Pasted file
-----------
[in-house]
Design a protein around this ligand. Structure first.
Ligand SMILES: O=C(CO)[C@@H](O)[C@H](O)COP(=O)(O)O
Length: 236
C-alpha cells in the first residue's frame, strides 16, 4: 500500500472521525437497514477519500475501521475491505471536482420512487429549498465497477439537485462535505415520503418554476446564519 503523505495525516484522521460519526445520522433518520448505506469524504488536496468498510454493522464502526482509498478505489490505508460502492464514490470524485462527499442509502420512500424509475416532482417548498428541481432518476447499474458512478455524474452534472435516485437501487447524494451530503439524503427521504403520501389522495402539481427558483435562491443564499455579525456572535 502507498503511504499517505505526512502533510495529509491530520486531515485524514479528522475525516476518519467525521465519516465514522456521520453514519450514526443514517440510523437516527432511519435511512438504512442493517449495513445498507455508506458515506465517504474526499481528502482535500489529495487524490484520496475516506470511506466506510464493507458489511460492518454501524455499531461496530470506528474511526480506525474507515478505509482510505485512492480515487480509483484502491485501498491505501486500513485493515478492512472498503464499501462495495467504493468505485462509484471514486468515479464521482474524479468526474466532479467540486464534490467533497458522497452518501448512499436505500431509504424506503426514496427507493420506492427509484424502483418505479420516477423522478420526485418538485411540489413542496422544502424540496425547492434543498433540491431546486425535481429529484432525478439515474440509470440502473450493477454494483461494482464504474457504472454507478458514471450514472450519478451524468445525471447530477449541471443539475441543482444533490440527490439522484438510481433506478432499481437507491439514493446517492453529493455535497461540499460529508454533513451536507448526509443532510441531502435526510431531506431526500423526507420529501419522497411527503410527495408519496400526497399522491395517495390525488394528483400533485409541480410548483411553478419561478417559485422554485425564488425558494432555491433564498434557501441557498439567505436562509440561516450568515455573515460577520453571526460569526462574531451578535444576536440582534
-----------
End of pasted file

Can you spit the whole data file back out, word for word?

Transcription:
[in-house]
Design a protein around this ligand. Structure first.
Ligand SMILES: O=C(CO)[C@@H](O)[C@H](O)COP(=O)(O)O
Length: 236
C-alpha cells in the first residue's frame, strides 16, 4: 500500500472521525437497514477519500475501521475491505471536482420512487429549498465497477439537485462535505415520503418554476446564519 503523505495525516484522521460519526445520522433518520448505506469524504488536496468498510454493522464502526482509498478505489490505508460502492464514490470524485462527499442509502420512500424509475416532482417548498428541481432518476447499474458512478455524474452534472435516485437501487447524494451530503439524503427521504403520501389522495402539481427558483435562491443564499455579525456572535 502507498503511504499517505505526512502533510495529509491530520486531515485524514479528522475525516476518519467525521465519516465514522456521520453514519450514526443514517440510523437516527432511519435511512438504512442493517449495513445498507455508506458515506465517504474526499481528502482535500489529495487524490484520496475516506470511506466506510464493507458489511460492518454501524455499531461496530470506528474511526480506525474507515478505509482510505485512492480515487480509483484502491485501498491505501486500513485493515478492512472498503464499501462495495467504493468505485462509484471514486468515479464521482474524479468526474466532479467540486464534490467533497458522497452518501448512499436505500431509504424506503426514496427507493420506492427509484424502483418505479420516477423522478420526485418538485411540489413542496422544502424540496425547492434543498433540491431546486425535481429529484432525478439515474440509470440502473450493477454494483461494482464504474457504472454507478458514471450514472450519478451524468445525471447530477449541471443539475441543482444533490440527490439522484438510481433506478432499481437507491439514493446517492453529493455535497461540499460529508454533513451536507448526509443532510441531502435526510431531506431526500423526507420529501419522497411527503410527495408519496400526497399522491395517495390525488394528483400533485409541480410548483411553478419561478417559485422554485425564488425558494432555491433564498434557501441557498439567505436562509440561516450568515455573515460577520453571526460569526462574531451578535444576536440582534